Various mechanisms that interfere with bradykinin production or degradation can lead to angioedema. ACE inhibitors block the function of kininase II, the enzyme that degrades bradykinin. In hereditary angioedema, bradykinin formation is caused by continuous activation of the complement system due to a deficiency in on of its prime inhibitors, C1-esterase inhibitor (C1INH), and continuous production of kallikrein, another process inhibited by C1INH. This serine protease inhibitor (serpin) normally inhibits the conversion of C1 to C1r and C1s, which - in turn - activate other proteins of the complement system. Additionally, it inhibits various proteins of the coagulation cascade, although effects of its deficiency on the development of hemorrhage and thrombosis appear to be limited.


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Letters to the editor - Late Angioedema Caused by ACE Inhibitors Underestimated - Perioperative Screening for Obstructive Sleep Apnea - Letter to the Editor
From American Family Physician, 9/15/02

Late Angioedema Caused by ACE Inhibitors Underestimated

TO THE EDITOR: Angioedema is an uncommon side effect of using angiotensin-converting enzyme (ACE) inhibitors, with an incidence of 0.1 to 0.2 percent. (1) It was believed that most cases of angioedema occur within the first week of treatment with ACE inhibitors; however, recent reports (1-3) indicate that late-onset angioedema may be more prevalent than initially thought. While early-onset angioedema should not be a diagnostic problem, late-onset angioedema often goes undiagnosed because many physicians are unfamiliar with it. (1,4) This oversight may occur because of the lack of a temporal relationship between the use of ACE inhibitors and the onset of angioedema, because this side effect can occur after many years of uneventful use. (1,4) Consequently, many patients experience recurrent episodes before the correct diagnosis is made. (4) Blacks are at increased risk. (3,4)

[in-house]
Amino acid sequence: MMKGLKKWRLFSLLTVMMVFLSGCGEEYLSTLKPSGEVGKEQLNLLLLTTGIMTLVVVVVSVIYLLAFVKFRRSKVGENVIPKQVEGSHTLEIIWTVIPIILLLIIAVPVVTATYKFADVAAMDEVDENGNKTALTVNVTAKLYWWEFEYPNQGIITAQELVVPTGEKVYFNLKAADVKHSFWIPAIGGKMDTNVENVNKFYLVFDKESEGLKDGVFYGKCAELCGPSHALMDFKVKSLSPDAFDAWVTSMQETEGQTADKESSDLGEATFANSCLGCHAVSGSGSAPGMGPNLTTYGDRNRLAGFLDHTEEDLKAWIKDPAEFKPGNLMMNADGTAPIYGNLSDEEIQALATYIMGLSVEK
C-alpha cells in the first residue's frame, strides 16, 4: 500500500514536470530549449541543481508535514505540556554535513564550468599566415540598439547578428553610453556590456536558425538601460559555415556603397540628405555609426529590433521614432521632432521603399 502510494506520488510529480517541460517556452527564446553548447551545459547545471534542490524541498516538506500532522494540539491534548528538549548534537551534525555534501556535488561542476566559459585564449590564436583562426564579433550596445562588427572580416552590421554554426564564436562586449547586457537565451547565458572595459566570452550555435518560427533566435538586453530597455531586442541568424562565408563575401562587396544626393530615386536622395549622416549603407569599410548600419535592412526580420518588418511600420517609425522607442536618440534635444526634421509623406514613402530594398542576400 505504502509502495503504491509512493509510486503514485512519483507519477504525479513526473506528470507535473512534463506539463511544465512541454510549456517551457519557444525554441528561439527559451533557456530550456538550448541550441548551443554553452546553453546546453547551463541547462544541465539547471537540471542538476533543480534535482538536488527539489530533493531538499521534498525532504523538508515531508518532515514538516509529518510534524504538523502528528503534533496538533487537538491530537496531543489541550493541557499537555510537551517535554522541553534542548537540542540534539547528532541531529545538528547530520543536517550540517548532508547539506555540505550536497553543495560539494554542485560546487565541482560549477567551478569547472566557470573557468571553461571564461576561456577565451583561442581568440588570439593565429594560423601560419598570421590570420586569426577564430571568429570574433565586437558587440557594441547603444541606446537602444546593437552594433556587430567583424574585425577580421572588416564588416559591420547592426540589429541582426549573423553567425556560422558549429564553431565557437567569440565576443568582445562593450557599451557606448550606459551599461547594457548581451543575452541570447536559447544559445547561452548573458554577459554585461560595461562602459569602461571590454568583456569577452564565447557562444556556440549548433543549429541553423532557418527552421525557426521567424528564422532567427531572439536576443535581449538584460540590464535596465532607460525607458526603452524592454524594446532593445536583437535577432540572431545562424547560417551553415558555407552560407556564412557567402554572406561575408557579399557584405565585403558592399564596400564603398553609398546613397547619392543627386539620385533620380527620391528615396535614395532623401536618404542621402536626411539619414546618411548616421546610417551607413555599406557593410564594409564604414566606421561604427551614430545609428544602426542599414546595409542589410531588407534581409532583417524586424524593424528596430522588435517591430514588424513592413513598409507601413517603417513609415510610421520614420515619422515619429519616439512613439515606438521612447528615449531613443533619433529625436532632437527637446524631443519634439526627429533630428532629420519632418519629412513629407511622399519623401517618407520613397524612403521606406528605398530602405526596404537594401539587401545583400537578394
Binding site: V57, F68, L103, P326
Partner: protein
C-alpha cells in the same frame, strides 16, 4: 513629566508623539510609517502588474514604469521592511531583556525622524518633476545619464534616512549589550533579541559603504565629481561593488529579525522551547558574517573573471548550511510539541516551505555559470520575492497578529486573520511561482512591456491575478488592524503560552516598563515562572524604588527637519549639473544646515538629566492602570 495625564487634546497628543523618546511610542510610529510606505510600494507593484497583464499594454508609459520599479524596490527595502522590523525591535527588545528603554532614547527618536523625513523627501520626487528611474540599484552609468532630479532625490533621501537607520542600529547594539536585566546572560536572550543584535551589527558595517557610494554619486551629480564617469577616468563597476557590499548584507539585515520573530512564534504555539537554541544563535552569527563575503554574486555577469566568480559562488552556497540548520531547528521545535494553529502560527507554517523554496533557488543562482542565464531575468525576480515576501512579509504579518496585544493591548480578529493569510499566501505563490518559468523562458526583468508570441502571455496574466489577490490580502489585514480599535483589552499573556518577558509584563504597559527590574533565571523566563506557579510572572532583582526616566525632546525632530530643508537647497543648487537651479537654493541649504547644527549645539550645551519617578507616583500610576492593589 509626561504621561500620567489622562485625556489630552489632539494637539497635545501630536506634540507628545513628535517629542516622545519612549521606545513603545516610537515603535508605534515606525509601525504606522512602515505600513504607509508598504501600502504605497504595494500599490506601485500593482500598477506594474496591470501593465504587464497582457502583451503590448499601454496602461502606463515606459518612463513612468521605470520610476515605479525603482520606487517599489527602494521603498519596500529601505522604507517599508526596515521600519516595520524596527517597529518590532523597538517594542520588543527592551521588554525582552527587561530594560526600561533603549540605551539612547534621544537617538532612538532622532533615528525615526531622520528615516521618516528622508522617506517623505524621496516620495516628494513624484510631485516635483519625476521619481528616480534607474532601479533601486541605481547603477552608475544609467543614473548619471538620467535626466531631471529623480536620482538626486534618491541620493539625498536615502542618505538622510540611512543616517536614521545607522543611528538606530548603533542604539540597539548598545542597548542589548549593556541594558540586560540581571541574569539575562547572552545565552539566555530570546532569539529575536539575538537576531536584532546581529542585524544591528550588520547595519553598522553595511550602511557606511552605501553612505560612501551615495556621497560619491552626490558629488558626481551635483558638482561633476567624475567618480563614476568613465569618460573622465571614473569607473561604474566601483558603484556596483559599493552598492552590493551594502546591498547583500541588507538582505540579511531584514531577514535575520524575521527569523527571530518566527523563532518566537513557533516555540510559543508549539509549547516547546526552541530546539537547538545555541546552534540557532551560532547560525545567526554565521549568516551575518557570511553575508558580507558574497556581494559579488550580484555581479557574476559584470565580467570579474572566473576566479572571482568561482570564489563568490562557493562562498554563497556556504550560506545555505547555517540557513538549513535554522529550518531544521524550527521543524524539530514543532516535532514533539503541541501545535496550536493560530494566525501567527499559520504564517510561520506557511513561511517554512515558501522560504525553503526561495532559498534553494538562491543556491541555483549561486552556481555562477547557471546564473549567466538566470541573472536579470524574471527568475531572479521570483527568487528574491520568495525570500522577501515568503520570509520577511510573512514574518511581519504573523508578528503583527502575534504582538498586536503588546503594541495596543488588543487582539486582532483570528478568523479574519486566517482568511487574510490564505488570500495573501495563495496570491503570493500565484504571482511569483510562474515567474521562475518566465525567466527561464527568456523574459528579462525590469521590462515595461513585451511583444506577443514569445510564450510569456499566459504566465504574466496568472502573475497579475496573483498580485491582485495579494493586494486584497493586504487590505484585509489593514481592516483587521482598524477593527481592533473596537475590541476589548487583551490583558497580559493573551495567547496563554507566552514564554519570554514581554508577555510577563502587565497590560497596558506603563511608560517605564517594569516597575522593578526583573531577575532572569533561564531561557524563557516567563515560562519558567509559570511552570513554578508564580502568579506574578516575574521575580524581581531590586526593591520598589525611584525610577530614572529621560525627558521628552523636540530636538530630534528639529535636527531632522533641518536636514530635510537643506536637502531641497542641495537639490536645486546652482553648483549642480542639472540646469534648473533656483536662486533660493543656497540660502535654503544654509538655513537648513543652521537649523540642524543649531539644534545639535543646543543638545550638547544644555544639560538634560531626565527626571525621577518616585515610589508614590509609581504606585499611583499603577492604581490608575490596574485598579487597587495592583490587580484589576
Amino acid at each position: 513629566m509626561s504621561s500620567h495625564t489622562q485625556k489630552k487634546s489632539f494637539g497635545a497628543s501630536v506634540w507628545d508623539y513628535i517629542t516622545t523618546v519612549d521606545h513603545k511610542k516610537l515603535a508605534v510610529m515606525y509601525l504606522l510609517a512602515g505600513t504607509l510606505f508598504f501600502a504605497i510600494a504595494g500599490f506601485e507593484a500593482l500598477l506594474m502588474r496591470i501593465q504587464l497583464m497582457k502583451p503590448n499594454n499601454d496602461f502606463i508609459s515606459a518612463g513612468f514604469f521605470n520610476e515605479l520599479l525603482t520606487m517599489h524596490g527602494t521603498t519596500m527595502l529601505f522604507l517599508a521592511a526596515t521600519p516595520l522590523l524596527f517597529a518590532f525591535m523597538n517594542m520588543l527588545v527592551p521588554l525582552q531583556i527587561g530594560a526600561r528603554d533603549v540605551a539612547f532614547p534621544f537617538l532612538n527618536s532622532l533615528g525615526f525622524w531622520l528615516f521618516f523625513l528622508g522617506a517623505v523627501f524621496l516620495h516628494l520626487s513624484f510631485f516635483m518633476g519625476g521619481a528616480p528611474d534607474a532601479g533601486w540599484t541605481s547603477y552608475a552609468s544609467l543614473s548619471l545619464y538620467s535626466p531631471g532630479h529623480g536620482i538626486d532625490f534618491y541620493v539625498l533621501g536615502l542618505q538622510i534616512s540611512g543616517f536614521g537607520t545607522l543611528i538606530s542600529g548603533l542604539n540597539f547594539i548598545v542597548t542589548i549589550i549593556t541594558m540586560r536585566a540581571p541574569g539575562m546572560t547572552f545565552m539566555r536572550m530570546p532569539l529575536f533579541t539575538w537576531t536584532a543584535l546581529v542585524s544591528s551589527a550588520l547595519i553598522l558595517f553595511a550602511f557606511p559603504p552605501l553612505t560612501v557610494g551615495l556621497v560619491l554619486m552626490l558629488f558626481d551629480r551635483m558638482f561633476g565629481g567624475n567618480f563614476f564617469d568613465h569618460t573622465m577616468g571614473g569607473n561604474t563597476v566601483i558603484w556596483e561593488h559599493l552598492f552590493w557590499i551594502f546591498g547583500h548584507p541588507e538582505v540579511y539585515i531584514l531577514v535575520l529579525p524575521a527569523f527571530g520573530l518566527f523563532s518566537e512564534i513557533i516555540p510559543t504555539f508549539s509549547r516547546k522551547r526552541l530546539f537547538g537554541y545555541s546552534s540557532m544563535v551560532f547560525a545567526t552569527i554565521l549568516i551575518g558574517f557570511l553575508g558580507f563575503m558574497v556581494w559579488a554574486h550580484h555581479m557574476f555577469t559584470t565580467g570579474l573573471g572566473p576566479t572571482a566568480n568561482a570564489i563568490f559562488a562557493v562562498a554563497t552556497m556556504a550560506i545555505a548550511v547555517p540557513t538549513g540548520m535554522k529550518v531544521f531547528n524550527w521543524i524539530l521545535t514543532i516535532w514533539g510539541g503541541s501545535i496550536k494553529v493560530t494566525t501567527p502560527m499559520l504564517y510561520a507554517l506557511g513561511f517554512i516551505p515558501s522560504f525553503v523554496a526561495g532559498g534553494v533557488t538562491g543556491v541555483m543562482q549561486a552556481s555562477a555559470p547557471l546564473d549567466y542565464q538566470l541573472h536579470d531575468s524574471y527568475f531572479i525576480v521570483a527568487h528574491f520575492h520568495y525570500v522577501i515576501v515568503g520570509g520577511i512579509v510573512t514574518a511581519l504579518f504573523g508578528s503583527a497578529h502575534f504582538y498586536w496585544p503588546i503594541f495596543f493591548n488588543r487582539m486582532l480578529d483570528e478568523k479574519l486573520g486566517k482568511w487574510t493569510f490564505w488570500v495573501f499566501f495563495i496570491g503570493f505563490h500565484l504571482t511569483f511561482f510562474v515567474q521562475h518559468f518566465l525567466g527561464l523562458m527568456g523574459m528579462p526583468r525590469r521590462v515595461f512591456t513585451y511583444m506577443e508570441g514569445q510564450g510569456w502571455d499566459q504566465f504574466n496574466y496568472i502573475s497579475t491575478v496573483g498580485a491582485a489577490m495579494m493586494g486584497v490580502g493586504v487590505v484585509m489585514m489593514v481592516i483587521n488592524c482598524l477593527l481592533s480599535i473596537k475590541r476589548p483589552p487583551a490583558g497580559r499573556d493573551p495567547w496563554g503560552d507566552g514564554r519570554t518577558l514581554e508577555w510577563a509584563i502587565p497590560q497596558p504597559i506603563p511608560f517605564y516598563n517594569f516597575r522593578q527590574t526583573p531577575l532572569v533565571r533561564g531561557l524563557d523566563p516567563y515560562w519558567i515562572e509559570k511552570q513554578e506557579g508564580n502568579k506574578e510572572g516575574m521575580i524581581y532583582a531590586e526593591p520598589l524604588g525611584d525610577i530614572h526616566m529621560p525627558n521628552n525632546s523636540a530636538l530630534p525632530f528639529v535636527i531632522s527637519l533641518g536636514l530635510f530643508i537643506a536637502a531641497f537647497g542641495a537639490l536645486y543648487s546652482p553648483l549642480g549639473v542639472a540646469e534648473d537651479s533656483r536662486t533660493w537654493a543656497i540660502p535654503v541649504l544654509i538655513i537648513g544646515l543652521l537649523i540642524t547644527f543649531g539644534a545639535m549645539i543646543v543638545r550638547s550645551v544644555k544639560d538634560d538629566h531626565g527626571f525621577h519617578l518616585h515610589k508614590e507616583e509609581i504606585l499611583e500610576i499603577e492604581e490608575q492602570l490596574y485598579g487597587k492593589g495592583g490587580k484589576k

Angioedema associated with the use of ACE inhibitors is not an allergic reaction. (2) The pathogenesis is probably related to the increased levels of bradykinins; however, an exclusive role of bradykinins is unlikely. (1) Less frequently, angioedema has been reported with angiotensin-receptor antagonists which lack the bradykinin-potentiating activity. (2)

The clinical presentation is highly variable and unpredictable. In most cases, the symptoms are mild and regress spontaneously while the patient continues the medication, thus erroneously prompting an alternative diagnosis. (4) If the diagnosis is missed, recurrent and more severe episodes may occur with potentially serious consequences. (4) Fatal cases have also been described. (5)

Angioedema associated with the use of ACE inhibitors usually presents as episodic attacks of swelling of the face, tongue, and airways, but it may also involve visceral tissues. A recent report (6) described two patients with recurrent severe abdominal pain, nausea, and vomiting. (6) The patients underwent three unnecessary laparotomies before the correct diagnosis was made.

The mainstay of therapy is discontinuation of the offending medication, which is usually sufficient in mild cases. More severe cases involving the tongue or causing respiratory compromise are treated with epinephrine, diphenhydramine, and steroids; however, no controlled studies have demonstrated the efficacy of these treatments. (2) In cases of life-threatening respiratory compromise, an emergency cricothyroidotomy must be performed. (2) Subsequent therapy should be initiated with an agent of an alternative class.